ABOUT THE LITTLE FIREFACE PROJECT
Slow lorises are a unique group of primates found throughout South and Southeast Asia. Their vice-like grip, snake-like movements, shy nature, and most remarkably, their venomous bite, make them unique amongst the primates. They also are to many people undeniably adorable, and to others, nature’s answer to over 100 diseases. Their slow movements make them easy prey to expert hunters who literally empty the forests of these shy primates – amongst the most common mammals seen in Asia’s illegal animal markets, but amongst the rarest spotted even in Asia’s best protected forests.
The Little Fireface Project, named after the Sundanese word for loris, is the world’s longest running loris conservation project, started in 1993, under the auspices of the Nocturnal Primate Research Group of Oxford Brookes University. Our research was highlighted in the award winning 2012 film Jungle Gremlins of Java. We aim to save lorises from extinction through learning more about their ecology and using this information to educate local people and law enforcement officers, leading to empathy and empowerment whereby people in countries where lorises exist will want to save them for themselves. This is done through education, media, workshops and classroom programmes. Our education does not stop in range countries, but also reaches out to potential western purchasers of loris pets.
Prof Nekaris Awarded Virginia McKenna Compassionate Conservation Award - 18/06/2013
Slow Loris Champion Wins 2nd Virginia McKenna Award for Compassionate Conservation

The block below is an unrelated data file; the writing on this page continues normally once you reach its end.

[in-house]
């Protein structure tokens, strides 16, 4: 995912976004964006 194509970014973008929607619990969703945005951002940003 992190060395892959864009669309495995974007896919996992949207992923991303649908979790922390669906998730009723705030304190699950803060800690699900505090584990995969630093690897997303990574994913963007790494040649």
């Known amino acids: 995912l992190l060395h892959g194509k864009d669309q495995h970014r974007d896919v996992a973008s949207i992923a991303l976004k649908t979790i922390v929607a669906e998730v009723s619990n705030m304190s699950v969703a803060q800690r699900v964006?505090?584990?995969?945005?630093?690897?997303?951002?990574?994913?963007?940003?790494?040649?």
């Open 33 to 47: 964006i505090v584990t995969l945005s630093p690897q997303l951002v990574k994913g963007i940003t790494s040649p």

We are delighted to announce that Professor Anna Nekaris of Oxford Brookes University and the Little Fireface Project (www.nocturama.org) has been awarded the 2nd Virginia McKenna Award for Compassionate Conservation.
Prof. Nekaris was selected to receive the award for her work in exposing the cruel and destructive trade in slow lorises as pets in South East Asia, and for raising awareness of the plight of these secretive and fascinating animals through academia, the media and field work.
The Little Fireface Project (LFP) began officially in December 2011, building on work carried out by the Nocturnal Primate Research Group at Oxford Brookes since 1993. In response to a burgeoning demand for illegally traded wild slow lorises as pets, fuelled by YouTube videos, LFP launched a formal programme to halt this trade. The Project initiated the first long-term field study of Javan slow lorises, providing vital data to rescue centres to improve success of reintroduction of ex-pet trade victims. It provides training materials and workshops on taxonomy, helping to reduce reintroduction of non-native loris species; conducts market surveys and reports illegal loris sales to authorities; operates a community-based conservation project in Garut, with conservation education and training schemes for trackers, enforcement officers and students; provides alternative incomes to villagers producing loris handicrafts; and actively uses social media to promote its activities, resulting in the removal of the ‘notorious’ Tickling Slow Loris video from wired.com in 2012.
Virginia McKenna OBE, founder of the Born Free Foundation, who met with Prof. Nekaris in Oxford to present the Award, said “I am so delighted that Anna has won this award. I think her work has brought international attention to this little-understood species and her commitment to the individuals she encounters is exactly what Compassionate Conservation is all about. “
The award, sponsored by the Born Free Foundation, is intended to provide support and recognition for researchers, practitioners, organisations and projects that promote and develop the consideration of animal welfare in conservation practice.
Prof. Nekaris intends to use the Award funding to produce an information book in Bahasa Indonesia to educate and empower local people to save slow lorises.
The Born Free Foundation has, at its heart, the interface between animal welfare and conservation, and is keen to promote its agenda of Compassionate Conservation, where the welfare of individual animals is a central consideration in conservation actions. To find out more, go to www.compassionateconservation.org
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